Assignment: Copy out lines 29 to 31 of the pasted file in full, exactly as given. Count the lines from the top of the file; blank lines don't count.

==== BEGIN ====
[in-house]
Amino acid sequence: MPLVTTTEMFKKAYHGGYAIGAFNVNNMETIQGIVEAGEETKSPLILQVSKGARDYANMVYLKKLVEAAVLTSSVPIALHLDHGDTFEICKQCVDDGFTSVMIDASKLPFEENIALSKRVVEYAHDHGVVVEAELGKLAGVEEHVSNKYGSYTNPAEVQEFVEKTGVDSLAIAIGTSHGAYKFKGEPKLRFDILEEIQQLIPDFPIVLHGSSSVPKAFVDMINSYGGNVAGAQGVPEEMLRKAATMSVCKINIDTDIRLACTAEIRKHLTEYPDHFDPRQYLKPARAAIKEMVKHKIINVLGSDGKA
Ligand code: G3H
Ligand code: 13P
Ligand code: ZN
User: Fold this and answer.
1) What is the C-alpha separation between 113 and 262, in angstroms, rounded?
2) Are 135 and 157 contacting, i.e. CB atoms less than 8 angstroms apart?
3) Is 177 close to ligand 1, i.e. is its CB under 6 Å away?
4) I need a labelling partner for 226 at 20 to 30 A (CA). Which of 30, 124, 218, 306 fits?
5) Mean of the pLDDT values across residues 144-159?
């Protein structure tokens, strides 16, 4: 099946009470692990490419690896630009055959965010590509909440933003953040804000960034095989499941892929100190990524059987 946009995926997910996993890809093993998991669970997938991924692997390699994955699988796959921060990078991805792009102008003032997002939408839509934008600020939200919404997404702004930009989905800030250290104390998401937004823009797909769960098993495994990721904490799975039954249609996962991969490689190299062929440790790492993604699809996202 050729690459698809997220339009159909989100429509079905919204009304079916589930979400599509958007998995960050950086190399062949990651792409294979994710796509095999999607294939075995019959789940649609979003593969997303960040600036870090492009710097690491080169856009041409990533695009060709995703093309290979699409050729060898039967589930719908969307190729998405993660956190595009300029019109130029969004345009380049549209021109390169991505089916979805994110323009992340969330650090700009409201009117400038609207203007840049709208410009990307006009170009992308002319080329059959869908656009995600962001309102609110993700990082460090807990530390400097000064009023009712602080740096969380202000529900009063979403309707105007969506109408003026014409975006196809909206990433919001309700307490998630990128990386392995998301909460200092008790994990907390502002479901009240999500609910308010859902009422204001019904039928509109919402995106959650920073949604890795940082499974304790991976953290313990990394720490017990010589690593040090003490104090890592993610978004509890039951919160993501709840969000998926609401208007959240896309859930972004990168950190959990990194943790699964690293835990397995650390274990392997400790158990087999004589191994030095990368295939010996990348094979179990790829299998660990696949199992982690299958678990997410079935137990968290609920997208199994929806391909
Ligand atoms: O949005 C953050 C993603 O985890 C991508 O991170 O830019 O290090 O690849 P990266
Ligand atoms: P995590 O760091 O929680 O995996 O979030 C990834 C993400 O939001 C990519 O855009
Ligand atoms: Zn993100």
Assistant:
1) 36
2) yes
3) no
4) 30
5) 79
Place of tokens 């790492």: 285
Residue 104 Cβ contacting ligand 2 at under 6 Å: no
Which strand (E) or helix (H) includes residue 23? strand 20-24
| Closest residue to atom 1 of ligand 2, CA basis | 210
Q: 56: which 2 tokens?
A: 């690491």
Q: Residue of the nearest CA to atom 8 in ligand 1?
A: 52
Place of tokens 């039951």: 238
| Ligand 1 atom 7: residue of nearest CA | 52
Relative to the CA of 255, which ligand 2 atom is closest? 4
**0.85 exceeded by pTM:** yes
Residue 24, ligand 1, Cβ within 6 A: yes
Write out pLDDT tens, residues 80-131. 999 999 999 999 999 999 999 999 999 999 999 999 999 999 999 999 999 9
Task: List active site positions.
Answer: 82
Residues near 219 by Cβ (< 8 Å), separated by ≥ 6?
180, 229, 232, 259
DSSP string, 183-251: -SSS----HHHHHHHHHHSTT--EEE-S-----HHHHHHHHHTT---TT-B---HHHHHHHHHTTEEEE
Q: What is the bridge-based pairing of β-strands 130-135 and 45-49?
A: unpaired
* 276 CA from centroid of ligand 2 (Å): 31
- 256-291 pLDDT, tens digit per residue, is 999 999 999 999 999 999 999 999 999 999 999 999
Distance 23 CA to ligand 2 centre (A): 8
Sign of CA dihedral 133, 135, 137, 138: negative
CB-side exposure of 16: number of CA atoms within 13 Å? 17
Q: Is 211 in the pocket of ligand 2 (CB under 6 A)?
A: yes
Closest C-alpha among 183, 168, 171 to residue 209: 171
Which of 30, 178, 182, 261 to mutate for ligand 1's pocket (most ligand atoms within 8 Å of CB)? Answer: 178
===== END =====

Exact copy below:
A: 52
Place of tokens 């039951």: 238
| Ligand 1 atom 7: residue of nearest CA | 52